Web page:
What does it really mean to be a person of integrity?
From the writings of the Rev. Billy Graham
Q: There was a day when society held in high regard the man or woman who were "people of their word." The daily news is filled with deceit and despair. People from all walks of life rise and fall. Is integrity a lost virtue? What does it really mean to be a person of integrity? -- P.D.
A: Integrity means that if our private life was suddenly exposed, we'd have no reason to be ashamed or embarrassed. Integrity means our outward life is consistent with our inner convictions. Our young people want to see integrity, honesty, truth and faith lived out.
Integrity means a person is the same on the inside as he or she claims to be on the outside; they remain the same when alone in a hotel room a thousand miles away from home. People of integrity can be trusted and exhibit behavior and character above reproach. Being pure in conduct includes honesty and integrity in dealing with our fellow man.
There can be a price to pay for exhibiting true integrity. There are those who may not be included in social gatherings because their very presence may rebuke others, bringing to mind their guilt from bad behavior. Families may even scorn other family members who live differently because of their integrity. An employee may find his advancement blocked; teenagers may be laughed at by their peers because they choose not to engage in immoral activity or their refusal to partake of alcohol and drugs.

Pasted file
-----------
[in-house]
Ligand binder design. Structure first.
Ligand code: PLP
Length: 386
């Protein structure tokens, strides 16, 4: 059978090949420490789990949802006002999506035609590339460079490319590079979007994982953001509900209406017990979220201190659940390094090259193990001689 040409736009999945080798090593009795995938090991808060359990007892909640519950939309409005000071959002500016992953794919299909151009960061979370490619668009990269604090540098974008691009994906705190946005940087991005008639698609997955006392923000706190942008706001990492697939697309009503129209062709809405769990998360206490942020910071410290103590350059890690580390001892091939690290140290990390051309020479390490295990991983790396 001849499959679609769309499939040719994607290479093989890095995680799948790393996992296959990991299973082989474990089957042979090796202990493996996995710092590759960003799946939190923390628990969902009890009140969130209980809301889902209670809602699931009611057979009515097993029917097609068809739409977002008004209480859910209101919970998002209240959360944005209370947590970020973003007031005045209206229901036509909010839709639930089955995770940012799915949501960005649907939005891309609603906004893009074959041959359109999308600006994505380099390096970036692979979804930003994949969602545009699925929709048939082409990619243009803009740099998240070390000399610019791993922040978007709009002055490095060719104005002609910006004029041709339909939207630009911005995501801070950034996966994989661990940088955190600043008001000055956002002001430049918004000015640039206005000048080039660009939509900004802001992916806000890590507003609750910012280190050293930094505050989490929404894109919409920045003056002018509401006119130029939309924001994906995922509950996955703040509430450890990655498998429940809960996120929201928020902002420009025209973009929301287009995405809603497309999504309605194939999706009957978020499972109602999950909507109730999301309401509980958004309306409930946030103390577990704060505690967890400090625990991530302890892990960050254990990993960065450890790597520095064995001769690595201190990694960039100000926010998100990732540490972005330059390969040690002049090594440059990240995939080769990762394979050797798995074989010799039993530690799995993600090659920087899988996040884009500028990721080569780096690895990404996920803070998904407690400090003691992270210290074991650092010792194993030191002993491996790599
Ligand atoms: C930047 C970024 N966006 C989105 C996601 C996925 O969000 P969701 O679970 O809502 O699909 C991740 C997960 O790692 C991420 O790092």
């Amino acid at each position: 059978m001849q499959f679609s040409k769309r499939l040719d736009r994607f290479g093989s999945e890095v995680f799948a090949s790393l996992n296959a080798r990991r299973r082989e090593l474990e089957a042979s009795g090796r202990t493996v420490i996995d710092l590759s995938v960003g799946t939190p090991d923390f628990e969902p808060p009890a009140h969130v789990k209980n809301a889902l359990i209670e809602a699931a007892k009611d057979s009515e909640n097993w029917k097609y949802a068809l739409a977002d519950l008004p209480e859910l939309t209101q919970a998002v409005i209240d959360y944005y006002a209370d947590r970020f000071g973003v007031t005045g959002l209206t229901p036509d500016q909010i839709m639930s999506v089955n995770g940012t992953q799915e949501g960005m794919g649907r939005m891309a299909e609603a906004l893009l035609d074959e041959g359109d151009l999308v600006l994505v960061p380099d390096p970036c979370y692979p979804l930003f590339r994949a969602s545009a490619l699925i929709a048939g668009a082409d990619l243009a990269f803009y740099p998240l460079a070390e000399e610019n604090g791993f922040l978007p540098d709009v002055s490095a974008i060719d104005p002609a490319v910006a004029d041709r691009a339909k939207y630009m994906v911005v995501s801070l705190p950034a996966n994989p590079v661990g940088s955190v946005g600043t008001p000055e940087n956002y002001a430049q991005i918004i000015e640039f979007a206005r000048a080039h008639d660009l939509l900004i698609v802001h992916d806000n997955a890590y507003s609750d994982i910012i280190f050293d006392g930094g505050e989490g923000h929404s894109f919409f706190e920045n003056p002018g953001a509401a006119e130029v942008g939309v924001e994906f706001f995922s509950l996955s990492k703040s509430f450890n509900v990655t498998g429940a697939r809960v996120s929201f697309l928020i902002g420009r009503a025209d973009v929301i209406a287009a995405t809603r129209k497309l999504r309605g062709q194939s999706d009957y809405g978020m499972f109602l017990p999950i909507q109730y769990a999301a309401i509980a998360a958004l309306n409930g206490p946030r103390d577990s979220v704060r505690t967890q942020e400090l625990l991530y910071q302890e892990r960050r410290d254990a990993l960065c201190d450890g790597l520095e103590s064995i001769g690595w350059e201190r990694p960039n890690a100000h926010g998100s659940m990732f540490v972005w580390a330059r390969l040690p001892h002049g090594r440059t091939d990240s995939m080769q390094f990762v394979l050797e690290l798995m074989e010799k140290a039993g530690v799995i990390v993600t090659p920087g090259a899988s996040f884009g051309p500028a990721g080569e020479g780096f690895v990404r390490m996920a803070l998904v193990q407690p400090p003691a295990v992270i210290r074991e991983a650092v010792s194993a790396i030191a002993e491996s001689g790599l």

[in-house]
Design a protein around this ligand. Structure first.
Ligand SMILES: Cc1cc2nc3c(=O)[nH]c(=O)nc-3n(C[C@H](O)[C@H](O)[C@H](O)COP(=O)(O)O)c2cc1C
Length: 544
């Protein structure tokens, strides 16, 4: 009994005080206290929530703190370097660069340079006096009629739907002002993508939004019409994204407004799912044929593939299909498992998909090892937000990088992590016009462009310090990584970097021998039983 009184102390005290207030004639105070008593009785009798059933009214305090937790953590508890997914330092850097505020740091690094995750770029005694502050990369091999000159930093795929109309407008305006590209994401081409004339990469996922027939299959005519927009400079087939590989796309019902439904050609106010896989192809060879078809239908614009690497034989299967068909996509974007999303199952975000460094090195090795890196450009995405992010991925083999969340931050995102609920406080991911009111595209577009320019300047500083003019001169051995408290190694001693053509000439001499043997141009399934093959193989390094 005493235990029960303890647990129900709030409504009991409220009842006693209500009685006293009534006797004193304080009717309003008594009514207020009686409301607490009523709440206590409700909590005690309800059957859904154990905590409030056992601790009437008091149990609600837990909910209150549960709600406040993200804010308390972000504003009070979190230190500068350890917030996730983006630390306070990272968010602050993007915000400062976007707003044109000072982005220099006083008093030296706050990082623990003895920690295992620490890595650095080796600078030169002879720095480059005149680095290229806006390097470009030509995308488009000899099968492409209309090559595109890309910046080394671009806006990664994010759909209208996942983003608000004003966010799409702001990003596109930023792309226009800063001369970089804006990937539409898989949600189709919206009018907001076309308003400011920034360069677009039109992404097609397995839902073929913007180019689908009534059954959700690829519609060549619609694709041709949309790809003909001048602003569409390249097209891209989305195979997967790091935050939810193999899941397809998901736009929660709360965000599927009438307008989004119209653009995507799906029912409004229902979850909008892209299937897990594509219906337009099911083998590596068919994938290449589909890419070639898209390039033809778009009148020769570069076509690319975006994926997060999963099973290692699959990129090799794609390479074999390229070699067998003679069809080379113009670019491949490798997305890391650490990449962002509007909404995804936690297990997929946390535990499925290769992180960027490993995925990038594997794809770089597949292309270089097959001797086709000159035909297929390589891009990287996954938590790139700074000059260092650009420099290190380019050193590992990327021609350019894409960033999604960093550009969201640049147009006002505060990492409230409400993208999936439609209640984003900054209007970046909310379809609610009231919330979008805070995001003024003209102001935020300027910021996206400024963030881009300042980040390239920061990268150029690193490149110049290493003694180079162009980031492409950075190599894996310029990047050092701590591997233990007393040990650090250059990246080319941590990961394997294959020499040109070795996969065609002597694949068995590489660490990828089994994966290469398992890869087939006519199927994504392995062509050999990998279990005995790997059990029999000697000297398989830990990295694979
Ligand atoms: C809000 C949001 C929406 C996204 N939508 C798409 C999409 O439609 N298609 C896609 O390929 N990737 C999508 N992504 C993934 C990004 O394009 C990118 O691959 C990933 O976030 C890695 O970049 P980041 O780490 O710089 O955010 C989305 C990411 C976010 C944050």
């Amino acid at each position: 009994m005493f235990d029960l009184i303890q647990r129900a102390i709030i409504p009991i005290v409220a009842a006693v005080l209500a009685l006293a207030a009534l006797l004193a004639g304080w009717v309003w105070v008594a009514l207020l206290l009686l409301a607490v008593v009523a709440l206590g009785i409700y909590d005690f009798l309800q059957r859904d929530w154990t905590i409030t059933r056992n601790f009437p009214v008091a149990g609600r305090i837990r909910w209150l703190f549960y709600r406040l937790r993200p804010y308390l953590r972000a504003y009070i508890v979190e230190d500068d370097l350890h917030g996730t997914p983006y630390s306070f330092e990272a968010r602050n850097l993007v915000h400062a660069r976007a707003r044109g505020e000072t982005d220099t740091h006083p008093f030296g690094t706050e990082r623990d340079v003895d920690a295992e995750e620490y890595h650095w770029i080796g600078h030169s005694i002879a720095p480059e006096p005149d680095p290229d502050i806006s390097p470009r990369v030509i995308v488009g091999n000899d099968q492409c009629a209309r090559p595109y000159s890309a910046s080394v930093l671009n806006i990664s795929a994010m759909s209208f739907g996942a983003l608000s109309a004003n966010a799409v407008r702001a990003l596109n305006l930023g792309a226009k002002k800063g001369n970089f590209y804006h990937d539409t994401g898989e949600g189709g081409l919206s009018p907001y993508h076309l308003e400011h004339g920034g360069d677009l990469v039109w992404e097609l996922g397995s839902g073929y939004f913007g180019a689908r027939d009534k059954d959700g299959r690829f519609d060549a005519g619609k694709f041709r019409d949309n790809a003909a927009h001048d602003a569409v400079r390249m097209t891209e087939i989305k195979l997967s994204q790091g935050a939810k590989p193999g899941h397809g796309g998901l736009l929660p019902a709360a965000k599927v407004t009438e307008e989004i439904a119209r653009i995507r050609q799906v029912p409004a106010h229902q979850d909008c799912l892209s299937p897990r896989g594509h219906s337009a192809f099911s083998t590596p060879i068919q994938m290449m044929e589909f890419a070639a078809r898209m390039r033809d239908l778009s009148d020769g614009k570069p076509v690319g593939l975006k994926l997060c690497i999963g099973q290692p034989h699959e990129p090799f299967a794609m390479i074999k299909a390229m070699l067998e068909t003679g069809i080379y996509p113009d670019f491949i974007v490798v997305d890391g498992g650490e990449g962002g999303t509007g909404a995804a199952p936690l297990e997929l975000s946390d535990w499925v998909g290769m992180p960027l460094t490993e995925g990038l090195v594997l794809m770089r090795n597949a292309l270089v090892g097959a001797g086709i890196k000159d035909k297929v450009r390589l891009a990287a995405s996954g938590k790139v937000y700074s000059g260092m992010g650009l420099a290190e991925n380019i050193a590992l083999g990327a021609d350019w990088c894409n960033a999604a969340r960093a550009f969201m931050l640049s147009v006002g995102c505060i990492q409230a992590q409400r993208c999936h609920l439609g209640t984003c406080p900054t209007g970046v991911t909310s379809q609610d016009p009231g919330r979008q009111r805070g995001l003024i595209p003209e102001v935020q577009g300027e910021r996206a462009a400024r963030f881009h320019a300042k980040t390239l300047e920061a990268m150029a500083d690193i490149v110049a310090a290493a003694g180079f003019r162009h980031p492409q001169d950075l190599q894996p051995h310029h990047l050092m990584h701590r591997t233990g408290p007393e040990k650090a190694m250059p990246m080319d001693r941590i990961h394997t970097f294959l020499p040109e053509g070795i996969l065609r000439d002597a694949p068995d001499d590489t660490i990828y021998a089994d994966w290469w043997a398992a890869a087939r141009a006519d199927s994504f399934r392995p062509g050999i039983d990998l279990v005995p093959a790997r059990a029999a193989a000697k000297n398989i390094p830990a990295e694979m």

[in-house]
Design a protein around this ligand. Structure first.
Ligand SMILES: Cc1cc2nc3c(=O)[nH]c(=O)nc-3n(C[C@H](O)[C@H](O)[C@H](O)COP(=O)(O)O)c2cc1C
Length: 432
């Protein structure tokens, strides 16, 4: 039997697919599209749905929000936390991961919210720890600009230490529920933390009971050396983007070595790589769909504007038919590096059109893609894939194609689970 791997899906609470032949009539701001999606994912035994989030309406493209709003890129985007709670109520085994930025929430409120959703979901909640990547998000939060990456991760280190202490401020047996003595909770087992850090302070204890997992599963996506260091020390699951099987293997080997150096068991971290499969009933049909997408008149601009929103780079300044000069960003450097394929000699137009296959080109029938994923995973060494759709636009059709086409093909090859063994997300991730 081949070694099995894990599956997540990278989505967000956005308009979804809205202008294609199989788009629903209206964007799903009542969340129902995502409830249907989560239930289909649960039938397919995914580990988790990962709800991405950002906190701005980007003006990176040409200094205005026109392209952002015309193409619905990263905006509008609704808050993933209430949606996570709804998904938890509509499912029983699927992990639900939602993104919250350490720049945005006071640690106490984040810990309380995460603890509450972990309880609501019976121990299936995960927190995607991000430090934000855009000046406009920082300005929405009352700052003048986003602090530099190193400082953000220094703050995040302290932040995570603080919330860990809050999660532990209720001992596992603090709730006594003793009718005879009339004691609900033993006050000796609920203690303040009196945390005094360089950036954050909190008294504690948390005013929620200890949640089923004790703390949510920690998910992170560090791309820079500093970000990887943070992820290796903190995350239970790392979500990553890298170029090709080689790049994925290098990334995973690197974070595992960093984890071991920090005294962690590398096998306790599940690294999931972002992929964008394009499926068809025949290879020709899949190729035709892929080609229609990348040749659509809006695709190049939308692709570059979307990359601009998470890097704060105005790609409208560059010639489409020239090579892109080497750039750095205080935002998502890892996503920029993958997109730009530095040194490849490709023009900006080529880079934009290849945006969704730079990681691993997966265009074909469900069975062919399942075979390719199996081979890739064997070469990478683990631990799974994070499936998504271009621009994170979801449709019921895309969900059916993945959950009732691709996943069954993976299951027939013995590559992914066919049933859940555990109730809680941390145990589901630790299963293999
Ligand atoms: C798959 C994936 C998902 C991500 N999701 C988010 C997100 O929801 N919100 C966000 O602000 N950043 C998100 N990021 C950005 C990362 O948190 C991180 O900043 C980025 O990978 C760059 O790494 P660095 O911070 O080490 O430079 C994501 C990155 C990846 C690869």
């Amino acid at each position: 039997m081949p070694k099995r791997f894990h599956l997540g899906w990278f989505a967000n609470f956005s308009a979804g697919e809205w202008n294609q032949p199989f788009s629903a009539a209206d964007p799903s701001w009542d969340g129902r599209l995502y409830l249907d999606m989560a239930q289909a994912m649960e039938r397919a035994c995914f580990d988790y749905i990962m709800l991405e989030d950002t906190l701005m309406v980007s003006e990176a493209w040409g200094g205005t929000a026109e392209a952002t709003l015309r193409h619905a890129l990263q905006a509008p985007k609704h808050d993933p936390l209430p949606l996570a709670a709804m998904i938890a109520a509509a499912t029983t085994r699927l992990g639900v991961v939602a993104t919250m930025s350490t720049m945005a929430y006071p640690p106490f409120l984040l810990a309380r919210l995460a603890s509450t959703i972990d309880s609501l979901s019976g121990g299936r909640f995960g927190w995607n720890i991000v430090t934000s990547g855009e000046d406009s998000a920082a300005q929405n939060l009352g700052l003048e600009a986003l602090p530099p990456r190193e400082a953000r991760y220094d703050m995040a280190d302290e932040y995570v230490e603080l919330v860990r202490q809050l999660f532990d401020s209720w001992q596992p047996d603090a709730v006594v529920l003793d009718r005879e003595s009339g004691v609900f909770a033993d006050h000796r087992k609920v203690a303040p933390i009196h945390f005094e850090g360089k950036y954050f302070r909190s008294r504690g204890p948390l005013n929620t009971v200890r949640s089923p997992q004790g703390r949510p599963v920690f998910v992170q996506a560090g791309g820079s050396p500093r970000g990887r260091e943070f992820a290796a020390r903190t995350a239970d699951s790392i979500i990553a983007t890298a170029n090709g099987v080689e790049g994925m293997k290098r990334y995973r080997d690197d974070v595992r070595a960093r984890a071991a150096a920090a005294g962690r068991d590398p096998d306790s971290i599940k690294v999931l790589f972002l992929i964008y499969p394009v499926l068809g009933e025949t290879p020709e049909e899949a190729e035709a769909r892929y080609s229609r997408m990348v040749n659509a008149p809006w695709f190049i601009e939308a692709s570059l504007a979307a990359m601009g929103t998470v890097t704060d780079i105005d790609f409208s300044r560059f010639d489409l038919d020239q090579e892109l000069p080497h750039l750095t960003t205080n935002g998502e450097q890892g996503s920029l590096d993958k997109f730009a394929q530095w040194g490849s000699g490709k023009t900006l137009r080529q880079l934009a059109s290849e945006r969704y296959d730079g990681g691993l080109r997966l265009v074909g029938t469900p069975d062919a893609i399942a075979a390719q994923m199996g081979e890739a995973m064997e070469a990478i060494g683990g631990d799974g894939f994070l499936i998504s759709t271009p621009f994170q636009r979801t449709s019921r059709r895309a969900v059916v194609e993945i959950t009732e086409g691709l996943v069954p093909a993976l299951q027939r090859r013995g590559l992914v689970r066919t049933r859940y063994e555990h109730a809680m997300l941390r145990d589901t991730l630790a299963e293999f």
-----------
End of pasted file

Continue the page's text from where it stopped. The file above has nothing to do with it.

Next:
Integrity can be restored to a society one person at a time. The choice belongs to each individual and the source is Jesus Christ. When we live by His truth, we possess integrity. "Have a good testimony among those who are outside, lest he fall into reproach and the snare of the devil" (1 Timothy 3:7).
(This column is based on the words and writings of the late Rev. Billy Graham.)(c)2019 BILLY GRAHAM DISTRIBUTED BY TRIBUNE MEDIA SERVICES, INC.